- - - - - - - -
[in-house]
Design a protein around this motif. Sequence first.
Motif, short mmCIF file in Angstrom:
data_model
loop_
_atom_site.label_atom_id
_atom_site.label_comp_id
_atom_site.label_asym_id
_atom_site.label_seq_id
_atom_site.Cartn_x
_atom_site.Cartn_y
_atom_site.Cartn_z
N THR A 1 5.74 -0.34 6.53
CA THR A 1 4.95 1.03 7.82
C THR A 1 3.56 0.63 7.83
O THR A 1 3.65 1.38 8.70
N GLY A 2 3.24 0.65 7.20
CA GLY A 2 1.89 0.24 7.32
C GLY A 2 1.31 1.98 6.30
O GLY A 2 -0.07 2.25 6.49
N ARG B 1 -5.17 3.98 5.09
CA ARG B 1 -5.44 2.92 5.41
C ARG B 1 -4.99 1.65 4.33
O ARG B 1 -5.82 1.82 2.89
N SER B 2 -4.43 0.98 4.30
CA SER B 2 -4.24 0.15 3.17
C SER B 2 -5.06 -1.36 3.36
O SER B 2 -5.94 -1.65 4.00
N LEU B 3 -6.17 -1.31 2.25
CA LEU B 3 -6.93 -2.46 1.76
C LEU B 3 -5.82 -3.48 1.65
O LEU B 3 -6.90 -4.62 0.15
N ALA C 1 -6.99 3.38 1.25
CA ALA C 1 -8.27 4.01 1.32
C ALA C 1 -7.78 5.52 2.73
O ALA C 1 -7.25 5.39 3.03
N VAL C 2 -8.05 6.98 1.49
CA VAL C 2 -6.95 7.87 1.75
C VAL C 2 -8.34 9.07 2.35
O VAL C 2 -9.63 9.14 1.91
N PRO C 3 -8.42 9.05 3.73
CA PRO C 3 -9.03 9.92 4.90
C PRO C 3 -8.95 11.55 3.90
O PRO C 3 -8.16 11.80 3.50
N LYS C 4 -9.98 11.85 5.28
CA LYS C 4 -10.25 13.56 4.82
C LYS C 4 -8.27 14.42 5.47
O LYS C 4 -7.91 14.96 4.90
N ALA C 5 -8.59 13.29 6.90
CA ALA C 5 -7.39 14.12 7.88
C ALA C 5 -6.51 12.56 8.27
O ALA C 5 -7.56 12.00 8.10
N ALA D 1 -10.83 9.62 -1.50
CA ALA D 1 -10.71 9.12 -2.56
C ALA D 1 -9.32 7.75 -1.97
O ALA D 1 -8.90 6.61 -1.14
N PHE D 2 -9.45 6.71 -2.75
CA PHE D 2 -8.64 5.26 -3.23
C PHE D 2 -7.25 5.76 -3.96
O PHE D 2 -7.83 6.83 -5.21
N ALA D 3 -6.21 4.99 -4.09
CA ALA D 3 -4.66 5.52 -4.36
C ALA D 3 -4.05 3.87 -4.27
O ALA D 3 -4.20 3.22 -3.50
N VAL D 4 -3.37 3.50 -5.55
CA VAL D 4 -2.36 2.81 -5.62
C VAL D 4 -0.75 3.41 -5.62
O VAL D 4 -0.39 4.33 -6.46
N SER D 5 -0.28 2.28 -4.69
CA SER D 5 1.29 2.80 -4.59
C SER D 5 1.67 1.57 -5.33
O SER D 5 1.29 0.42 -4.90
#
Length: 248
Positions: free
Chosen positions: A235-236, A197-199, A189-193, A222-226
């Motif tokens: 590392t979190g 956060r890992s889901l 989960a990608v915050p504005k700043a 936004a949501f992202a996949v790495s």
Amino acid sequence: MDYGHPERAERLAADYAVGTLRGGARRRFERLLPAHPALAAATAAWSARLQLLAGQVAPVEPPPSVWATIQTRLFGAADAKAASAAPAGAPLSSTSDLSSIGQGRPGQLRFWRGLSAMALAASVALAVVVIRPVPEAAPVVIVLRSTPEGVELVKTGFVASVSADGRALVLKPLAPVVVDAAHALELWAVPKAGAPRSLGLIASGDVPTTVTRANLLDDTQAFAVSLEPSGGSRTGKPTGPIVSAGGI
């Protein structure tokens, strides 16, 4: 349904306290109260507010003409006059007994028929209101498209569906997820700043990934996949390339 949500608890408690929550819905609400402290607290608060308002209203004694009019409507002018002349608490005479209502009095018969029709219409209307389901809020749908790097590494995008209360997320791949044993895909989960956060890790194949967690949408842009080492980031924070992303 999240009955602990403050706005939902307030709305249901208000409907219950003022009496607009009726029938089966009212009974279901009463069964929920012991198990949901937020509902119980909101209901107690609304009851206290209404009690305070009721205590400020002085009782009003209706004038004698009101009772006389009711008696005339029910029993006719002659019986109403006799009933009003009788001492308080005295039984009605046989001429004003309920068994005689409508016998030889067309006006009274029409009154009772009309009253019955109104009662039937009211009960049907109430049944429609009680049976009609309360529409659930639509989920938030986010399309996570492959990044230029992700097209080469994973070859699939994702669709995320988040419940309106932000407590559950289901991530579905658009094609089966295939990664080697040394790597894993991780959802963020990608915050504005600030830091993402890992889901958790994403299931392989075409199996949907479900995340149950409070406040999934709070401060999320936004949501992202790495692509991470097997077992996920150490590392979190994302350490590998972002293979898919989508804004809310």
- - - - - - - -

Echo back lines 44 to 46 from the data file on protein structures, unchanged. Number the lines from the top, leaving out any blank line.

O PRO C 3 -8.16 11.80 3.50
N LYS C 4 -9.98 11.85 5.28
CA LYS C 4 -10.25 13.56 4.82